Waking up is hard, no question.  At least in the first moment or two.  But not to be afraid—that’s the conclusion of Jesus’ sermon.  Remembering what I think the church does sometimes forget.  That this is good news.  Healing and blessing.  The invitation we would hear as we receive the gift of Holy Communion and then are sent out like those first disciples--the words of Jesus echoing in our ears, inspiring us, waking us up, filling our lives—to be not words of fear but words of love.  Tender assurance.  That he might dwell in us, and we in him.  What I have for you is better than a dream.  So much better than the neighborhood of Make Believe. 

There’s a wideness in God’s mercy like the wideness of the sea.”  #470 in our hymnal.  Always one of my favorites.  “There’s a kindness in his justice, which is more than liberty.  There is welcome for the sinner, and more graces for the good; there is mercy with the Savior; there is healing in his blood.”

And the conclusion of his sermon with the bystanding crowd, with the promise that our traditional Anglican Prayer Book tradition places immediately following the words of absolution.  Don’t be afraid.  An invitation as we would both hear and respond.  Not only with our lips but in our lives.  Having laid our old selves down at the foot of the cross, this is going to be good.   Very good.  A promise that can and will begin to be a reality in our lives, even today.  “Come unto me, all ye who labor and are heavy laden, and I will give you rest.  Take my yoke upon you, and learn from me; for I am gentle and lowly in heart, and you will find rest for your souls.  For my yoke is easy, and my burden is light.”

Sunday, June 29, 2014

Third after Pentecost, Proper 8A

Matthew 10: 40-42

Good morning, grace and peace.  It is wonderful to see you on this summer Sunday.

In the last few weeks in our Sunday lectionary we’ve been hearing and reading together the Tenth Chapter of St. Matthew’s Gospel.  What the 17th and 18th Century English Biblical Scholar Matthew Henry called Jesus’ “ordination sermon.”  Not that we’re supposed to think about the twelve disciples here as  ordained or about-to-be ordained clergy, but more we would think about how Jesus is ordering his church—we might say, “giving us, all of us, our marching orders.”   Perhaps it was this moment with Jesus and hearing these words that St. Peter was thinking about many years later when he wrote in the second chapter of the letter we now call First Peter “you are a chosen race, a royal priesthood, a holy nation, a people for God’s own possession, that you may proclaim the excellencies of him who called you out of darkness into his glorious light.”  Chosen, possessed, called.  The “ordination service” for a “royal priesthood.”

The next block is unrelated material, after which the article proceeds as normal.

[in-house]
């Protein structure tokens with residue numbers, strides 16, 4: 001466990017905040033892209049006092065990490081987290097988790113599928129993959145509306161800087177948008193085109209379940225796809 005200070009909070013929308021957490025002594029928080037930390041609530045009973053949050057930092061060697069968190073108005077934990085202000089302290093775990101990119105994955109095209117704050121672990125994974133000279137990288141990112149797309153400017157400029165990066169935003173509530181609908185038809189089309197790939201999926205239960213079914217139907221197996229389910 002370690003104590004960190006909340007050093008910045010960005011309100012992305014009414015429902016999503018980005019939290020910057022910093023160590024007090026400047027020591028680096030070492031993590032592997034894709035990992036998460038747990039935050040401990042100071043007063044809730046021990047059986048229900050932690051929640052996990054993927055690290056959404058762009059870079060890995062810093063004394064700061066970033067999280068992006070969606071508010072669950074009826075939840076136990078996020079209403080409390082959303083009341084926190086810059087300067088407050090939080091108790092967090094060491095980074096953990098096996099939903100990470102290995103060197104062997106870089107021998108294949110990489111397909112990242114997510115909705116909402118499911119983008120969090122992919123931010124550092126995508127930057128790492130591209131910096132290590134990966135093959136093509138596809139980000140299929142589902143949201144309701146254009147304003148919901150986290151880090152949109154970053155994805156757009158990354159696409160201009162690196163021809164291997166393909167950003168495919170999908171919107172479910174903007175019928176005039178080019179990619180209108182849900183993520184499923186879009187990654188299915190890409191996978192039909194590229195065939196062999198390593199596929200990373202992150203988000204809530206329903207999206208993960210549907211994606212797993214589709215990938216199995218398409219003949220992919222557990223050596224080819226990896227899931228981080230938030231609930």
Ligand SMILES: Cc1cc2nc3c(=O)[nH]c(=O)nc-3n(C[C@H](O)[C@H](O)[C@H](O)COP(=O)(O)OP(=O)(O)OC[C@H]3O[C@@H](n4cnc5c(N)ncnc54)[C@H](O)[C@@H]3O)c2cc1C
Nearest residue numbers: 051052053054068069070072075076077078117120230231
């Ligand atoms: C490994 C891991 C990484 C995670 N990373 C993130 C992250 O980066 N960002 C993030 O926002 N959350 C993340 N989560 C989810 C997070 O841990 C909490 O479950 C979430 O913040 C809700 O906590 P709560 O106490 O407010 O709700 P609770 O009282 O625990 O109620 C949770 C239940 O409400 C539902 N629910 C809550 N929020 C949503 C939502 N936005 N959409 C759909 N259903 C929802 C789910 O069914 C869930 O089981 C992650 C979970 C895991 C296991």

In any event, in the first part of Matthew 10 Jesus confers spiritual authority on his twelve disciples.   Have to remember back a couple of weeks.   In verse one of chapter ten, anyway, he gives them, “authority over unclean spirits, to cast them out, and to heal every disease and every infirmity.”  Wow.  They were to go out into the highways and byways, the towns and villages, seeking the “lost sheep of the house of Israel:” not simply to talk about the Gospel of the Kingdom, but to put it into action, effectively and with power.  And then a few verses on in this commissioning sermon Jesus tells them that this kind of power isn’t necessarily going to be received well.  On the contrary.  That it can and will incite anxiety, jealousy, even hatred.  Violence.  He warns them about the certainty of opposition and persecution.    As we read last week, he reminds them that all that opposition and persecution is not really just about them, but that it is a part of the deeper and we might even say the cosmic rebellion of evil against God.  The students are hit by the arrows aimed at the teacher.  That as his disciples suffer, they participate in the deepest way possible in his battle and then, finally, the victory of his Cross.  “You will be hated by all for my name’s sake,” he tells them in verse 22, “but he who endures to the end will be saved.”  The last sentence of the portion we read last Sunday, verse 39, “He who finds his life will lose it, and he who loses his life for my sake will find it.”  Serious business.